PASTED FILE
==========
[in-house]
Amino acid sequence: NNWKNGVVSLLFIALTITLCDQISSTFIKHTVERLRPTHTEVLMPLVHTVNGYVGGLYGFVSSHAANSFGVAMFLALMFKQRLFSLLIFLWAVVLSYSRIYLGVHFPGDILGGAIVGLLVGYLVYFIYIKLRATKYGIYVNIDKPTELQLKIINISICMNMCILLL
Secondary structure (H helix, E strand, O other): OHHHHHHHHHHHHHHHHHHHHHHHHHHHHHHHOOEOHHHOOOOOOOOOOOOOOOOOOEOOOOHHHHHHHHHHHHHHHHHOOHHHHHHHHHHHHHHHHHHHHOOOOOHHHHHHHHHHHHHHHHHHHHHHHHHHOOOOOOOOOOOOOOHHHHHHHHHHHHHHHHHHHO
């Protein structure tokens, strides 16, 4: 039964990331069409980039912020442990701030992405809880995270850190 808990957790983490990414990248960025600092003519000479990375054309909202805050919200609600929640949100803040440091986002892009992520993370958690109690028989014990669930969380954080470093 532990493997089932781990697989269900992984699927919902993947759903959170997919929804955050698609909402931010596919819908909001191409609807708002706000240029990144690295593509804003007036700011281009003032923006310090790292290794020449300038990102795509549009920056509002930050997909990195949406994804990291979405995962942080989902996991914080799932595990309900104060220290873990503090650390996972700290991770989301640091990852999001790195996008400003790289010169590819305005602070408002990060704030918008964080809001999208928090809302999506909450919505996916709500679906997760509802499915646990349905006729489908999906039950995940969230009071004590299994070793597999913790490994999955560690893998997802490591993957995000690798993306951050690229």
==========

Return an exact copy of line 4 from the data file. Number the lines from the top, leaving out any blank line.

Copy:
């Protein structure tokens, strides 16, 4: 039964990331069409980039912020442990701030992405809880995270850190 808990957790983490990414990248960025600092003519000479990375054309909202805050919200609600929640949100803040440091986002892009992520993370958690109690028989014990669930969380954080470093 532990493997089932781990697989269900992984699927919902993947759903959170997919929804955050698609909402931010596919819908909001191409609807708002706000240029990144690295593509804003007036700011281009003032923006310090790292290794020449300038990102795509549009920056509002930050997909990195949406994804990291979405995962942080989902996991914080799932595990309900104060220290873990503090650390996972700290991770989301640091990852999001790195996008400003790289010169590819305005602070408002990060704030918008964080809001999208928090809302999506909450919505996916709500679906997760509802499915646990349905006729489908999906039950995940969230009071004590299994070793597999913790490994999955560690893998997802490591993957995000690798993306951050690229």